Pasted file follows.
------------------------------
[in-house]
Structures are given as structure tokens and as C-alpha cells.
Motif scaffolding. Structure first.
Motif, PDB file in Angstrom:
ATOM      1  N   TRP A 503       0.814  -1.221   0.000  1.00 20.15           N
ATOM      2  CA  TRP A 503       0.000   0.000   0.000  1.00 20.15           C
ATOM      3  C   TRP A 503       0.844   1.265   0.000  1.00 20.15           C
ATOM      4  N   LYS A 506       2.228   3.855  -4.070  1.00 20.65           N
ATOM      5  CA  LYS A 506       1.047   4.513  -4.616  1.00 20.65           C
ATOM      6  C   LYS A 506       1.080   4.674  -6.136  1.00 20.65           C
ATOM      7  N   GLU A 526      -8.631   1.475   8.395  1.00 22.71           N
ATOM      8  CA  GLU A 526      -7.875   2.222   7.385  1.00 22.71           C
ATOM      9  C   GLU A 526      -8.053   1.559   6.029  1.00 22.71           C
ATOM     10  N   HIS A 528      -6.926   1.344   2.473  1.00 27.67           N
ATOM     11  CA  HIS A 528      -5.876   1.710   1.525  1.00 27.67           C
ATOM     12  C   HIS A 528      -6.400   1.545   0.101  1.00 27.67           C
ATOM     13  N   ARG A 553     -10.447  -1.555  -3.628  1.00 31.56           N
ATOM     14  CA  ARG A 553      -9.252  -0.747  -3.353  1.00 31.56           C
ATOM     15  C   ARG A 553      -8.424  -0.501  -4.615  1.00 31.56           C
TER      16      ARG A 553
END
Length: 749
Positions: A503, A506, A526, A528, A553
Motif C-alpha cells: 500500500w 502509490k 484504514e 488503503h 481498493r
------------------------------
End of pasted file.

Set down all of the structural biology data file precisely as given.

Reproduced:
[in-house]
Structures are given as structure tokens and as C-alpha cells.
Motif scaffolding. Structure first.
Motif, PDB file in Angstrom:
ATOM      1  N   TRP A 503       0.814  -1.221   0.000  1.00 20.15           N
ATOM      2  CA  TRP A 503       0.000   0.000   0.000  1.00 20.15           C
ATOM      3  C   TRP A 503       0.844   1.265   0.000  1.00 20.15           C
ATOM      4  N   LYS A 506       2.228   3.855  -4.070  1.00 20.65           N
ATOM      5  CA  LYS A 506       1.047   4.513  -4.616  1.00 20.65           C
ATOM      6  C   LYS A 506       1.080   4.674  -6.136  1.00 20.65           C
ATOM      7  N   GLU A 526      -8.631   1.475   8.395  1.00 22.71           N
ATOM      8  CA  GLU A 526      -7.875   2.222   7.385  1.00 22.71           C
ATOM      9  C   GLU A 526      -8.053   1.559   6.029  1.00 22.71           C
ATOM     10  N   HIS A 528      -6.926   1.344   2.473  1.00 27.67           N
ATOM     11  CA  HIS A 528      -5.876   1.710   1.525  1.00 27.67           C
ATOM     12  C   HIS A 528      -6.400   1.545   0.101  1.00 27.67           C
ATOM     13  N   ARG A 553     -10.447  -1.555  -3.628  1.00 31.56           N
ATOM     14  CA  ARG A 553      -9.252  -0.747  -3.353  1.00 31.56           C
ATOM     15  C   ARG A 553      -8.424  -0.501  -4.615  1.00 31.56           C
TER      16      ARG A 553
END
Length: 749
Positions: A503, A506, A526, A528, A553
Motif C-alpha cells: 500500500w 502509490k 484504514e 488503503h 481498493r